What is a short sale and how long you have to wait to buy another house again?

Question by eripapito: What is a short sale and how long you have to wait to buy another house again?
I heard a short sale in when you can pay or can sell your house for the amount you bought it for… For example I bought my house for $ 235k and now it cost between $ 170k to $ 190k, so it is upside downs for around $ 60k. I heard that I can hire a realtor he will sell it for a less amount and the rest the bank will “eat it”. But I have to wait certain years to buy another house again. How many years do I have to wait to buy again?

Best answer:

Answer by Star
A short sale is where a bank/lender (whomever holds the mortgage to your property) is willing to accept less than the amount of your mortgage so that you avoid foreclosure of the property AND the bank will not come after you for the deficiency. However, the difference between the amount owed on the mortgage and the amount of the sale is considered taxable income to YOU (or whoever was on the mortgage).

For example, your mortgage is $ 235,000 (although, I would think that it should be lower if you’ve made mortgage payments). You can only sell the house for $ 170,000 so there is a $ 65,000 deficiency. In a short sale, the lender is willing to accept the $ 170,000 and not go after you for the deficiency.

However, you will owe taxes on the $ 65,000 (you’ll get an IRS 1099 form).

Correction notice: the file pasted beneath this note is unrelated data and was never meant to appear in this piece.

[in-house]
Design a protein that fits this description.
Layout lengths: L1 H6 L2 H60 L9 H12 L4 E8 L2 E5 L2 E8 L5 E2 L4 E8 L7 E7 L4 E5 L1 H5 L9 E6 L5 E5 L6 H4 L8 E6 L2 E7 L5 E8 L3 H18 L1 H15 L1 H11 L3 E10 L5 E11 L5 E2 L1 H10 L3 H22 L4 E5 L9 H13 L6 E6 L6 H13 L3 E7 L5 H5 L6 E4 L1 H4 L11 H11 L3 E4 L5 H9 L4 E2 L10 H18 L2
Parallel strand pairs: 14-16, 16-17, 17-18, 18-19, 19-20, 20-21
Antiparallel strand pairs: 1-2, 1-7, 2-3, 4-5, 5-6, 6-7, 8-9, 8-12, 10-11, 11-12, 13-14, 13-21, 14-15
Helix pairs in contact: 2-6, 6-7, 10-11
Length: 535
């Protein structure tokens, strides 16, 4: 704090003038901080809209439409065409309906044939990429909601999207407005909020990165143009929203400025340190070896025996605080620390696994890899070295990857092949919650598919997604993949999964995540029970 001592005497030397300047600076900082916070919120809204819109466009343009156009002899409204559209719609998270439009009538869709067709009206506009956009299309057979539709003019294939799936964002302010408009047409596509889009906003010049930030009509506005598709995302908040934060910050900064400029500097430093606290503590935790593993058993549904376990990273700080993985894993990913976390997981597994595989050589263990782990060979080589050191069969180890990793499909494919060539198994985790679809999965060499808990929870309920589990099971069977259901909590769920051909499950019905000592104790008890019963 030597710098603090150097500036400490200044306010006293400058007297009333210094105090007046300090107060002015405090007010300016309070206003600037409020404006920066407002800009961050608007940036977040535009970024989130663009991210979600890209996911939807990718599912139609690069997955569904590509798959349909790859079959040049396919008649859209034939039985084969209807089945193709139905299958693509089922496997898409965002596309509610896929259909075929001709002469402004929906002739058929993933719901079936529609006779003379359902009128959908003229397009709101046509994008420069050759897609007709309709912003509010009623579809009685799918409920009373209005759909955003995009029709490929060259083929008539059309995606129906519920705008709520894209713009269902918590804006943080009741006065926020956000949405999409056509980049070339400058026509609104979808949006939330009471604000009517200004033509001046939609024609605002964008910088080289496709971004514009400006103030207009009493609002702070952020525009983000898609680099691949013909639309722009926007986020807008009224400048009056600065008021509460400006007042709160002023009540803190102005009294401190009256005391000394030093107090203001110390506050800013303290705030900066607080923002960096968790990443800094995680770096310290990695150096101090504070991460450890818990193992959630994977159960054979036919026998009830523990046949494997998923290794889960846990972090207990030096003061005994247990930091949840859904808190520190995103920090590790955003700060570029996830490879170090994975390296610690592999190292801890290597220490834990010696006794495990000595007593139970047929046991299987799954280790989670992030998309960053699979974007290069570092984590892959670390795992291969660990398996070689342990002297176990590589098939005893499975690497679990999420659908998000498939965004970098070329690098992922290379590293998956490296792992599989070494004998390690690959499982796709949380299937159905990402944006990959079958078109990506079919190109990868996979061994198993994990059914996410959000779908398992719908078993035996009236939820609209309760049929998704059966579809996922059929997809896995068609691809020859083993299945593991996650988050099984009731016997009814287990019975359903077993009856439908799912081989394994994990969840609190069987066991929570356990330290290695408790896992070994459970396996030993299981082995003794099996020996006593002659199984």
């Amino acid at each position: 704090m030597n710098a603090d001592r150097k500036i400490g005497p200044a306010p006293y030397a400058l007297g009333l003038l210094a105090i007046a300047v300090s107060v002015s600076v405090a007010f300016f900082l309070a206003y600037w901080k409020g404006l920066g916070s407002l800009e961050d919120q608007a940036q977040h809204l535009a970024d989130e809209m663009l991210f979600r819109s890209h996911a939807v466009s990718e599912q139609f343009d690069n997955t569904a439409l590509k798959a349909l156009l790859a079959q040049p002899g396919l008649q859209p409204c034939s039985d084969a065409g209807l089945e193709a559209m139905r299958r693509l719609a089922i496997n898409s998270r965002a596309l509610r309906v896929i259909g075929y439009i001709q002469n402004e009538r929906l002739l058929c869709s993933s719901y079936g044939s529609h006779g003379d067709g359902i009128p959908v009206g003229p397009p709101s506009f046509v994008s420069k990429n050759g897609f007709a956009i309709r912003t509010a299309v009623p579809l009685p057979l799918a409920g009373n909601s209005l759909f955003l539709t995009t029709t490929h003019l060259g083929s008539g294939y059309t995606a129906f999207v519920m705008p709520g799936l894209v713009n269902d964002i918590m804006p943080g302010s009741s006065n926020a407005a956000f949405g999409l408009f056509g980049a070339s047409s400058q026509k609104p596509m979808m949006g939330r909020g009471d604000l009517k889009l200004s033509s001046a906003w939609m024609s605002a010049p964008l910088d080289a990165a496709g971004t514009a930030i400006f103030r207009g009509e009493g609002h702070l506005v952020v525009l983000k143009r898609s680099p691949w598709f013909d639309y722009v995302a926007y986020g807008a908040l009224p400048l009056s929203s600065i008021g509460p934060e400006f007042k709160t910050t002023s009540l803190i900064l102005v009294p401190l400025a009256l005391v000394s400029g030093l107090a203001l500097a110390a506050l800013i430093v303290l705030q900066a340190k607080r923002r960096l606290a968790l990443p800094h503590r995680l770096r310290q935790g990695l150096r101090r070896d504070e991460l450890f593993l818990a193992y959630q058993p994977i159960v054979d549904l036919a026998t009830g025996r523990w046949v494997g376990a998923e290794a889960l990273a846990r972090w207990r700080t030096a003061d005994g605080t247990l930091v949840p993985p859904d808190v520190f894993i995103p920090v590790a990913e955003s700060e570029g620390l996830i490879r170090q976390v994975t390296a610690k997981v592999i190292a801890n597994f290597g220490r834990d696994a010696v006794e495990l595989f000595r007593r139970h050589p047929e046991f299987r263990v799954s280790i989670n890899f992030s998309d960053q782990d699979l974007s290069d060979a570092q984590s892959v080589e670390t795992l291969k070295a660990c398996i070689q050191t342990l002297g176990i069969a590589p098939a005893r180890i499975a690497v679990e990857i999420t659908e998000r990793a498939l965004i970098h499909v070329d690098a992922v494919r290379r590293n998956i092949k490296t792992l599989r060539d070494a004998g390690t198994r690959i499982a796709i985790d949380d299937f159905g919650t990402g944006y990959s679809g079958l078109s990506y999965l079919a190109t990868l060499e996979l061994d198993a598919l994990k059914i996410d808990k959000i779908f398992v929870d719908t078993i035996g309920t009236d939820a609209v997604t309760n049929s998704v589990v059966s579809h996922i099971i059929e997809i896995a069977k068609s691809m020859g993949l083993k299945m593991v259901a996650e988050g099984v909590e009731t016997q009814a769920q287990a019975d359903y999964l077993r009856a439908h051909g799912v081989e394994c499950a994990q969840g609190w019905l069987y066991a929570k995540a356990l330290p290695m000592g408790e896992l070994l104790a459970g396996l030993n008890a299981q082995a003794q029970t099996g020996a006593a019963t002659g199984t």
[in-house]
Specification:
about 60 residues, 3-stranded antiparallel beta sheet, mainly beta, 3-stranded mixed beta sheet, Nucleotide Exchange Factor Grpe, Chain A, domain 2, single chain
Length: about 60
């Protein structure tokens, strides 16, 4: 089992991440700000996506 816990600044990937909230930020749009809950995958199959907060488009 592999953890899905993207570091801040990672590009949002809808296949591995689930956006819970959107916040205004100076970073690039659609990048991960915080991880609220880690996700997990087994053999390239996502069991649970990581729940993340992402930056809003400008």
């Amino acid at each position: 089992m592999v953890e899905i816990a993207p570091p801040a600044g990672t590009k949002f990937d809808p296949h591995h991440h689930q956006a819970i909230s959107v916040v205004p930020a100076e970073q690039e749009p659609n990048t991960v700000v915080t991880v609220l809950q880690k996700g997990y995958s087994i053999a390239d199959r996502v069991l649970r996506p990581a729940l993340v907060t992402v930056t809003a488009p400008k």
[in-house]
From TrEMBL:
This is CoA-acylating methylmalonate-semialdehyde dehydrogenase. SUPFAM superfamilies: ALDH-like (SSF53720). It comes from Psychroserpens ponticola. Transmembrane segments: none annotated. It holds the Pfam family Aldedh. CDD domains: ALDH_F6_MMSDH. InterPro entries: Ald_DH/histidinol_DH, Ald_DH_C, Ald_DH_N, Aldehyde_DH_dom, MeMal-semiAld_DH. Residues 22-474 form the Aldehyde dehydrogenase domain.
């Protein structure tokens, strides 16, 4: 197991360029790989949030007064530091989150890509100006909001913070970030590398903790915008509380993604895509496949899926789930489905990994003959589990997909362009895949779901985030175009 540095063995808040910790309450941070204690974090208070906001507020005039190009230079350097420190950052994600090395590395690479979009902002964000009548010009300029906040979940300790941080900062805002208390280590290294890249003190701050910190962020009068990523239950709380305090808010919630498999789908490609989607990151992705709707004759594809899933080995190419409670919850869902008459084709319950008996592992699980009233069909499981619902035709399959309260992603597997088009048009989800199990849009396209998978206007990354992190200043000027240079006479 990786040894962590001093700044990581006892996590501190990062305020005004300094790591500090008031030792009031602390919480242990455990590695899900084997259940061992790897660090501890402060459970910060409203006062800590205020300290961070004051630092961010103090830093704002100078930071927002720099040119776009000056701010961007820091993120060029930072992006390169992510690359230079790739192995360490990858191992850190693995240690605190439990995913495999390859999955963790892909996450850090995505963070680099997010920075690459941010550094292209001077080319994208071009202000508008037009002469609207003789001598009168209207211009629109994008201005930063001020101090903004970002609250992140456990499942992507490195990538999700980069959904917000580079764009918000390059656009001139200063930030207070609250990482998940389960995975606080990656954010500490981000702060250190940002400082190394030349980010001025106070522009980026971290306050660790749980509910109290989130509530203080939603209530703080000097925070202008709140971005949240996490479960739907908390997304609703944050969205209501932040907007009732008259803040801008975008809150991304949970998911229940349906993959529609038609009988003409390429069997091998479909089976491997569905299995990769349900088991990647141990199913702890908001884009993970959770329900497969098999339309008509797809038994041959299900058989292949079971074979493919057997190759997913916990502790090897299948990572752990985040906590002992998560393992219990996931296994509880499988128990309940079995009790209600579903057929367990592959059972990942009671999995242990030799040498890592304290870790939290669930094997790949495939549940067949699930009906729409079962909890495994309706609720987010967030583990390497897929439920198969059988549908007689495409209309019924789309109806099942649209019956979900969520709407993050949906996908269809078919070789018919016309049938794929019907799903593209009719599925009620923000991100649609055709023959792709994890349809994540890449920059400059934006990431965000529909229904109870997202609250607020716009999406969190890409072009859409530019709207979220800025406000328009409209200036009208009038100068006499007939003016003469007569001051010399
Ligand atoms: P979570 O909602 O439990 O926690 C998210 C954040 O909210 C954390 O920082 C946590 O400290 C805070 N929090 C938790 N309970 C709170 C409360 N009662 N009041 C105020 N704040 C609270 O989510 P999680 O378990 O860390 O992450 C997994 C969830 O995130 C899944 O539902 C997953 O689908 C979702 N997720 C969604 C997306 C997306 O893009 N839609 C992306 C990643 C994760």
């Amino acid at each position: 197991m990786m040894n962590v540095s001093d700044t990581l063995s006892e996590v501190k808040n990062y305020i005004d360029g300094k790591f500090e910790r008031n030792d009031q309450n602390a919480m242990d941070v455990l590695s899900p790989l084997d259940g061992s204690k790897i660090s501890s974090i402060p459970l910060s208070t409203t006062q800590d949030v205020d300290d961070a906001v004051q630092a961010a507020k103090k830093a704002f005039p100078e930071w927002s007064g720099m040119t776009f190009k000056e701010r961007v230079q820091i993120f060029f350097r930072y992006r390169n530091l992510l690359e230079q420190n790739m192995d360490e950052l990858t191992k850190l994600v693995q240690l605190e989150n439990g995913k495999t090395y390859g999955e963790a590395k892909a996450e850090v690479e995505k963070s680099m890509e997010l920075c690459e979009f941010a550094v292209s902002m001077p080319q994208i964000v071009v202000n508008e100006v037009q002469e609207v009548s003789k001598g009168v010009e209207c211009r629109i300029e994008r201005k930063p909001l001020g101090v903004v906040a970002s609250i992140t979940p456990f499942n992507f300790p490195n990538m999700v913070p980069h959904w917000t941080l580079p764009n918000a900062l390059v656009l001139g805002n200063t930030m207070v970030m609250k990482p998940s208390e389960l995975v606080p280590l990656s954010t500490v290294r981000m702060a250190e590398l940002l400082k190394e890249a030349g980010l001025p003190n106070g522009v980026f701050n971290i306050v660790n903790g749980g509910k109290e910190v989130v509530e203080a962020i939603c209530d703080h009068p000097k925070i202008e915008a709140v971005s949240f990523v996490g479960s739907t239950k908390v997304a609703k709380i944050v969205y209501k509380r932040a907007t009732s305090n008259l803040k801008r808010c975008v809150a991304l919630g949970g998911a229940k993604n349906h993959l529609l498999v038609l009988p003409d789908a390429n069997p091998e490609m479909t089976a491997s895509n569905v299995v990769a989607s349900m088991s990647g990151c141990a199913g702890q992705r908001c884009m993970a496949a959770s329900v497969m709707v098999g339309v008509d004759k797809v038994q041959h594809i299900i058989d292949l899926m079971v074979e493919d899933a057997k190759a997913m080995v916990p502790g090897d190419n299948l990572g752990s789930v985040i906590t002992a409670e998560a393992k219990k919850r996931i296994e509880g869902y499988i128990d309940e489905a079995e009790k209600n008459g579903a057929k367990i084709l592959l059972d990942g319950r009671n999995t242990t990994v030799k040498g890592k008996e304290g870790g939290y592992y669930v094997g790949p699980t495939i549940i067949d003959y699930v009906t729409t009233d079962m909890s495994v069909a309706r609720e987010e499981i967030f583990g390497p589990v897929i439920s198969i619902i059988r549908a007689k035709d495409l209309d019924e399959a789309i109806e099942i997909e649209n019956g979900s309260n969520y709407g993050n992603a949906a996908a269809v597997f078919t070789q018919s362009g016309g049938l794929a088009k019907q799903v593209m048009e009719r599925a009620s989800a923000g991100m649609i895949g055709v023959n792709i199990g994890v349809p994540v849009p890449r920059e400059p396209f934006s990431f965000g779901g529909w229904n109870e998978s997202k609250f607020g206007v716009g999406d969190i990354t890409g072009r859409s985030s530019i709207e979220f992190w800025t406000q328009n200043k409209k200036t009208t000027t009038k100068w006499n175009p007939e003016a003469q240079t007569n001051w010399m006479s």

As far as when you can buy again, that depends. I don’t think that any lender would be willing to loan you money since you’ve basically defaulted on the other loan for $ 235,000. Plus, in order to qualify for a short sale, you have to show that you are financially unable to continue making mortgage payments (and you probably have to be in default / delinquent for several mortgage payments).

Obviously, if you’re financially able to take out another mortgage, it is unlikely that the lender will even allow a short sale.

Know better? Leave your own answer in the comments!

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4 Comments → “What is a short sale and how long you have to wait to buy another house again?”


  1. RealtorV

    Nov 25, 2013

    The banks are getting stricter on not allowing short sales. My clients have had 2 of them shot down in the last month, so dont be surprised if the bank wont allow it. And it all depends on the lender. Now lenders are getting smart and putting liens on your personal self so when a creditor pulls a search it shows up that you shorted the bank 60,000. That stays with you til its paid off. Not all banks are doing this, but I’m seeing more and more. What about bancrputcy?


  2. CWW

    Nov 25, 2013

    A short sale in simple terms is when your lender agrees to take less for the property than what you owe. However, the lender must determine that you are experiencing financial hardship in order to consider it. In addition there are tax and credit consequences to this decision. Always consult with a professional tax advisor prior to making a final decision.

    There are other alternatives available to you. Please contact your lender and speak with someone in the loss mitigation dept. Perhaps refinancing would be a better choice? Wouldn’t it be better to refinance and wait out the current market cycle than damaging your credit?

    Do your research, get an education, and make an informed business decision with professional guidance.


  3. Landlord

    Nov 25, 2013

    You need a better agent. Your did not explain it well enough. The bank is NOT going to simply “eat it”. This will destroy your credit, you will only recover as your credit recovers.